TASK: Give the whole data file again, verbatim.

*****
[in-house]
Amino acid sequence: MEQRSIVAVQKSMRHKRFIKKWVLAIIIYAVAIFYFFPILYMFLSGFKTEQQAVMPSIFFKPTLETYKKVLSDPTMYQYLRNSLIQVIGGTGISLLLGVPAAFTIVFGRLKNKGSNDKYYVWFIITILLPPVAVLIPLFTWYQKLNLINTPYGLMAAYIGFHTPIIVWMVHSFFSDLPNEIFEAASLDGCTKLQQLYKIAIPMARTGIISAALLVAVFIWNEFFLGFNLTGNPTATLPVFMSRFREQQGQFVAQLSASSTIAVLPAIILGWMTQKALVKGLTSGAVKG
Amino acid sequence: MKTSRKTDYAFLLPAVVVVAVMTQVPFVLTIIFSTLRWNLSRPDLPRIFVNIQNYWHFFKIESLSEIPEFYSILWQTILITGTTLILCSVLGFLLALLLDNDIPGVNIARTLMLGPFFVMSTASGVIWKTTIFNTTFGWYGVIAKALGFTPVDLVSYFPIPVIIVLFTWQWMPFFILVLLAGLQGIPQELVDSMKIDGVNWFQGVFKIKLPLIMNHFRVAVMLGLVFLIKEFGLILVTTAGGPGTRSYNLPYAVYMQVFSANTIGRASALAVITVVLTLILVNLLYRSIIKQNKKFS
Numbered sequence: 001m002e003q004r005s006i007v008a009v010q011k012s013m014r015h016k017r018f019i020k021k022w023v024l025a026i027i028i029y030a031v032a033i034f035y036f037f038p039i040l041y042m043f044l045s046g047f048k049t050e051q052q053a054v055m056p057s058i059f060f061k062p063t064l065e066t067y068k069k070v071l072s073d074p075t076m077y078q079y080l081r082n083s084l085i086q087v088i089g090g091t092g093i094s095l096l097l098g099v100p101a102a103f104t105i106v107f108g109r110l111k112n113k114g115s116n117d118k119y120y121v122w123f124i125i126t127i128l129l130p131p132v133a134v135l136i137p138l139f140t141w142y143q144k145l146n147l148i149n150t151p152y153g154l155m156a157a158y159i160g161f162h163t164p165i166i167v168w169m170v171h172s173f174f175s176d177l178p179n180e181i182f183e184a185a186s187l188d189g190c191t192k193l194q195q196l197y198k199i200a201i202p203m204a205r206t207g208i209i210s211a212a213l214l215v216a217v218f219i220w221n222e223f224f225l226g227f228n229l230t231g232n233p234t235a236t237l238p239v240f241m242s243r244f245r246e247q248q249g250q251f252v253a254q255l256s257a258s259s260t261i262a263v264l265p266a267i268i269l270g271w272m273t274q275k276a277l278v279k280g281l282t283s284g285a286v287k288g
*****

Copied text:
[in-house]
Amino acid sequence: MEQRSIVAVQKSMRHKRFIKKWVLAIIIYAVAIFYFFPILYMFLSGFKTEQQAVMPSIFFKPTLETYKKVLSDPTMYQYLRNSLIQVIGGTGISLLLGVPAAFTIVFGRLKNKGSNDKYYVWFIITILLPPVAVLIPLFTWYQKLNLINTPYGLMAAYIGFHTPIIVWMVHSFFSDLPNEIFEAASLDGCTKLQQLYKIAIPMARTGIISAALLVAVFIWNEFFLGFNLTGNPTATLPVFMSRFREQQGQFVAQLSASSTIAVLPAIILGWMTQKALVKGLTSGAVKG
Amino acid sequence: MKTSRKTDYAFLLPAVVVVAVMTQVPFVLTIIFSTLRWNLSRPDLPRIFVNIQNYWHFFKIESLSEIPEFYSILWQTILITGTTLILCSVLGFLLALLLDNDIPGVNIARTLMLGPFFVMSTASGVIWKTTIFNTTFGWYGVIAKALGFTPVDLVSYFPIPVIIVLFTWQWMPFFILVLLAGLQGIPQELVDSMKIDGVNWFQGVFKIKLPLIMNHFRVAVMLGLVFLIKEFGLILVTTAGGPGTRSYNLPYAVYMQVFSANTIGRASALAVITVVLTLILVNLLYRSIIKQNKKFS
Numbered sequence: 001m002e003q004r005s006i007v008a009v010q011k012s013m014r015h016k017r018f019i020k021k022w023v024l025a026i027i028i029y030a031v032a033i034f035y036f037f038p039i040l041y042m043f044l045s046g047f048k049t050e051q052q053a054v055m056p057s058i059f060f061k062p063t064l065e066t067y068k069k070v071l072s073d074p075t076m077y078q079y080l081r082n083s084l085i086q087v088i089g090g091t092g093i094s095l096l097l098g099v100p101a102a103f104t105i106v107f108g109r110l111k112n113k114g115s116n117d118k119y120y121v122w123f124i125i126t127i128l129l130p131p132v133a134v135l136i137p138l139f140t141w142y143q144k145l146n147l148i149n150t151p152y153g154l155m156a157a158y159i160g161f162h163t164p165i166i167v168w169m170v171h172s173f174f175s176d177l178p179n180e181i182f183e184a185a186s187l188d189g190c191t192k193l194q195q196l197y198k199i200a201i202p203m204a205r206t207g208i209i210s211a212a213l214l215v216a217v218f219i220w221n222e223f224f225l226g227f228n229l230t231g232n233p234t235a236t237l238p239v240f241m242s243r244f245r246e247q248q249g250q251f252v253a254q255l256s257a258s259s260t261i262a263v264l265p266a267i268i269l270g271w272m273t274q275k276a277l278v279k280g281l282t283s284g285a286v287k288g